The impacts of Conowingo's routine daily water release practices on boater safety and the local tourism economy have also been largely ignored. Currently the only available information for the public on future water flow levels is calling the "Conowingo Spill Hotline" (888-457-4076). In today's information age, this "system" is embarrassingly archaic. It is updated once a day at roughly 5 p.m. and only provides a loose "forecast" which covers the following 12 a.m.-12 p.m period.

So, let's say you want to plan a trip on the lower Susquehanna for tomorrow (forget about two to three days hence). Sorry, you will have to wait until after 5 p.m.-ish to get a projection of what you might expect. Going out for a quick paddle or fishing trip after work? You better make sure you call before 4:30 p.m. or you won't have any clue if the water flow will be doubled or cut to nothing while you are out in the middle of the river.

This would all be bad enough, but the accuracy of these "forecasts" leaves a great deal to be desired. I have spent many years comparing these recordings to personal observations as well as the USGS and NOAA stream flow data. The only thing consistent is the inconsistency. I have usually had better luck ignoring the recording, looking at the graph from yesterday and presuming that the next day will look somewhat similar. As if all this weren't enough, Exelon steadfastly refuses to update the "hotline" when their plans change during the current forecast period. Is this really too much to ask?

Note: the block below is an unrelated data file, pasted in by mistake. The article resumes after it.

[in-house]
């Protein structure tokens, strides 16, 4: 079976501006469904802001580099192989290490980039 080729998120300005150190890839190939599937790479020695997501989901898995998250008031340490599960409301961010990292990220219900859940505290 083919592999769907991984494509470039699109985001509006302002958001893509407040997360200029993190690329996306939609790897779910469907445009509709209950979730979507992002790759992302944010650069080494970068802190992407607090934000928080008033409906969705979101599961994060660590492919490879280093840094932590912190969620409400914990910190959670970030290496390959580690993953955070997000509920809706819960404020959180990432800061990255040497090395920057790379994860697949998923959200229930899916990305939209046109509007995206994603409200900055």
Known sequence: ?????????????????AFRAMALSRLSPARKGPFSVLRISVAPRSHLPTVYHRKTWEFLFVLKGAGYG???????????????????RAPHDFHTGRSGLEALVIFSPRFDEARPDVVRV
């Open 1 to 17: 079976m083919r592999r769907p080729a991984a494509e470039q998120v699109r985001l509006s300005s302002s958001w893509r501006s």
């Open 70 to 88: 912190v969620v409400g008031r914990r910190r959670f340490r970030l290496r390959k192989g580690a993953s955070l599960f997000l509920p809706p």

Anecdotally, the majority of boating rescues and accidents above Port Deposit have occurred as a direct consequence of unexpected rapidly-rising water flow. There are countless tales of anchors getting stuck, boats getting flipped, pinned on rocks or swamped, or paddlers unable to get back to their put-in location. These accidents could be eliminated or greatly reduced.

If you take a look at the NOAA stream flow graphs a bit further up the Susquehanna (Harrisburg, Pa., for instance) you will see some interesting contrasts.

Not only are the flow rates gentle curves, following the natural drainage pattern of the river basin, but you will also see that there are projections for the flow that run three full days toward the future. Why can't the same be provided at Conowingo?

The only rational explanation is that the daily flow pattern at Conowingo is manipulated to its maximum extent in order to play the energy and financial markets. I believe we should insist on a more natural, predictable river flow pattern, real time reporting and at least the same three-day projections that our upstream neighbors currently enjoy.

If we can't avoid some daily cycling of flow rates, at least we might be able to raise the minimums or set a percentage limit on the variation per 24 hours. The benefits to our local ecosystem, boater safety and tourism will far outweigh the costs of selling a portion of the kilowatts at non-peak hours.